My much cheerier take on the potato-bacon dumpling is a cheesed-up gnocchi dough disk stuffed with savory goodies and cooked on a hot griddle until it’s crispy on the outside and gooey on the inside. Delicious as a main course with a salad on the side, smaller wedges of the cake are portable enough to serve as hors d’oeuvre.
Below are recipes for two fillings – a bacon-onion-red pepper version as well as a vegetarian cabbage-apple filling – but this dish would lend itself to all sorts of variations, especially if you happen to have some leftovers you need to use up.
- 2 cups mashed potatoes
- 1 egg
- 1 ½ cups unbleached white flour
- 1 tsp. salt
- ¼ tsp. nutmeg (freshly grated if possible)
- ½ tsp. black pepper
- 1 cup grated Swiss cheese
Combine all the ingredients except the cheese very well until you have a smooth dough; a food processor works well for this. Stir in the cheese. The dough will be quite sticky and is easier to work with if you lightly wet your hands.
Put a heavy skillet or griddle on to heat. Well-seasoned cast iron may not need any additional oil or butter.
Meanwhile, divide the dough into quarters. Working on lightly floured parchment or wax paper, pat 2 of the quarters into rounds approximately 6” in diameter. Top one of the rounds with half of the filling mixture. Carefully flip the other round onto the filled round and gently seal the edges of the rounds.
If needed, put a tsp. or two of butter or oil into the hot skillet and spread it evenly over the pan. Now, using the parchment paper to lift it, carefully flip the potato cake into the pan. While the first cake is cooking, proceed as above to assemble the other potato cake.
Cook the cake for 5 or more minutes on each side, until it is golden brown on both sides and the dough has puffed slightly and no longer looks raw (it will remain very moist). Serve immediately or hold in a warm oven until the other cake is finished cooking.
Bacon-Onion-Red Pepper Filling
(enough to fill two cakes)
- ½ lb. bacon (preferably thickly sliced), chopped into ¼” pieces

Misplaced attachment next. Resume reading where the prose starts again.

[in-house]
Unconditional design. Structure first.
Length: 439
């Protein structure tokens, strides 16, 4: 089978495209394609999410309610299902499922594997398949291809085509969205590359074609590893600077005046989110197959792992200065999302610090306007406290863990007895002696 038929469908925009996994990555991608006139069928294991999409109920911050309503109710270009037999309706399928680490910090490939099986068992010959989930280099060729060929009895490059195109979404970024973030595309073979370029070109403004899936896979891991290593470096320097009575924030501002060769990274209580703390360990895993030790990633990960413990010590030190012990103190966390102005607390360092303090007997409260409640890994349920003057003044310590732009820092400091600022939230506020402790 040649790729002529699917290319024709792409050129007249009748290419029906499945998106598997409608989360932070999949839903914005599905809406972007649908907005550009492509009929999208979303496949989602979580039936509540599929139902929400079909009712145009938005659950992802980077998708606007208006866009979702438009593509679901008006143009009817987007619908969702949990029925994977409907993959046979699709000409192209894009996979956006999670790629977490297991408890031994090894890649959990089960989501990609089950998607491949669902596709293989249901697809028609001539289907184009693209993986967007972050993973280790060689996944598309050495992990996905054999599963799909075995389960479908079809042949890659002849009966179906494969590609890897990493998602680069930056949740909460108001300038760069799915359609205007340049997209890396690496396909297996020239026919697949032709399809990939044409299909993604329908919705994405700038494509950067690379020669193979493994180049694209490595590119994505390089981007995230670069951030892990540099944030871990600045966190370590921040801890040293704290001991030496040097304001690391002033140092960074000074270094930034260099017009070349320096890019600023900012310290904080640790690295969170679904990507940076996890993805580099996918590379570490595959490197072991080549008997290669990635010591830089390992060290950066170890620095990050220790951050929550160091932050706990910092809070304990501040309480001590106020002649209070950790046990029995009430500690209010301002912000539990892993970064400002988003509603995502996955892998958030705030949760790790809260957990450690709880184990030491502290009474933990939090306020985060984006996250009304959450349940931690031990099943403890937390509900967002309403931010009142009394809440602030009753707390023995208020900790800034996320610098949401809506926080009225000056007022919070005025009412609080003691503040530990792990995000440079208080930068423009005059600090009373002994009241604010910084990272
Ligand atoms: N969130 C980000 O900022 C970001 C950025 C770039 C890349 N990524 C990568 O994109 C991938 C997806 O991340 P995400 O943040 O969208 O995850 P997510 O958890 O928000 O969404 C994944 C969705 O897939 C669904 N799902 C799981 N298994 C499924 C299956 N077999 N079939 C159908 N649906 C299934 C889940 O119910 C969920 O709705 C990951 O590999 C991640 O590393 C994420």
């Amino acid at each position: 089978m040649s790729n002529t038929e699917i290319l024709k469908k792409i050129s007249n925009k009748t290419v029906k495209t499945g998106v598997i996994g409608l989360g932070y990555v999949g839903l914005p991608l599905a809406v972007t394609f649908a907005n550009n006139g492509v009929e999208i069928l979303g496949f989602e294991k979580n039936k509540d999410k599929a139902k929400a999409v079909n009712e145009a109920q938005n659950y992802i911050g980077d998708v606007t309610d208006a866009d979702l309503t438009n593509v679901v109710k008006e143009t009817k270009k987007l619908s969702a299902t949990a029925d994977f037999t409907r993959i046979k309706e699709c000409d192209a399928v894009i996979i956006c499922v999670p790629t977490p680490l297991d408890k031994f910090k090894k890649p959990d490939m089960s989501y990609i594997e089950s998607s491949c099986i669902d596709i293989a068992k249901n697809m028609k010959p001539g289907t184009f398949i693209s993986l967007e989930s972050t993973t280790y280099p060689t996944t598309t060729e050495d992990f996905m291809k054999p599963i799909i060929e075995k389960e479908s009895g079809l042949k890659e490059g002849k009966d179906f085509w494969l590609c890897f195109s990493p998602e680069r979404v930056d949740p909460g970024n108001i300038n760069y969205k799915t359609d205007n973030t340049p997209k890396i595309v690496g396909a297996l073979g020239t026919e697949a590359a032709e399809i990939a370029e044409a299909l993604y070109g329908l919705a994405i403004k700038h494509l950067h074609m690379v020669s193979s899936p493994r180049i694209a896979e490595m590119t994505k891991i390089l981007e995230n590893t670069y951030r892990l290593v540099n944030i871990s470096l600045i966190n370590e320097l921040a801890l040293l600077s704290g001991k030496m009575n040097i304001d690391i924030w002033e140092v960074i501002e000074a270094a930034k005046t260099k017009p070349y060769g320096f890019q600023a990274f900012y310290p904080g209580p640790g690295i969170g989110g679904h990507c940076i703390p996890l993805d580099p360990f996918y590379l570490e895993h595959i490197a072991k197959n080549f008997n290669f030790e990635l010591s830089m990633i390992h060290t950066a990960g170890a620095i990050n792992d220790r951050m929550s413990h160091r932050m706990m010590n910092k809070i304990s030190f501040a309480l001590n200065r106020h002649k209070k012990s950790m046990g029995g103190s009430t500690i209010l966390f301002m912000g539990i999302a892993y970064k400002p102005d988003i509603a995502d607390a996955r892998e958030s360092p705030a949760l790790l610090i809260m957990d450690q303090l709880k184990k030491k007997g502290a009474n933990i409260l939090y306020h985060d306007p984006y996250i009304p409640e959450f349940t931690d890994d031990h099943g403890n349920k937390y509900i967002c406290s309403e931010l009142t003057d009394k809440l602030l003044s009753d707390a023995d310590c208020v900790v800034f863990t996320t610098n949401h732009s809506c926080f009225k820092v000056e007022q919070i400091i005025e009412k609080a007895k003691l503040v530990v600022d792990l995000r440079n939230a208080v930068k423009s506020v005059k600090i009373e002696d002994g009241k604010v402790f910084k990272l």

- 1 medium onion, finely chopped (about 1 cup)
- ½ cup seeded and chopped red peppers (previously roasted peppers work well, as do canned pimentos)
- ½ tsp. minced fresh rosemary (optional – you can use whatever herbs you like)
- Freshly ground black pepper to taste
Saute the bacon in a heavy skillet. When it gives up some of its fat, add the onion and red pepper, rosemary and black pepper. Cook until the bacon is browned and the onions are soft and lightly caramelized. Lift from the pan using a slotted spoon so the fat remains behind; set aside to cool a bit. You may use a small amount of the bacon fat for cooking the potato cakes, if you like.
(enough to fill two cakes)
- 1 Tbs. butter
- 2 cups chopped cabbage (you can use red, green or savoy)
- 1 cup chopped apple (about one large apple – use something that will remain firm when
- cooked, like Granny Smith or Braeburn)
- 1 small onion, chopped (about ½ cup)
- 1 Tbs. minced fresh dill (optional, but it’s really good!)
- 2 Tbs. cider vinegar
- 1 Tbs. heavy cream (optional)
- Salt and pepper to taste
- 1 cup grated Swiss cheese (optional)
Heat a heavy skillet. When it’s hot, melt the butter in it and then add the cabbage, apple and onion. Saute until the vegetables are translucent and beginning to get a little golden. Add the dill and the cider vinegar. If you like, add the heavy cream. Cook a minute or two then add salt and pepper to taste. Set aside to cool. If desired, you may sprinkle additional cheese over the filling, ½ cup per cake, before putting the second dough disk on top of it and sealing.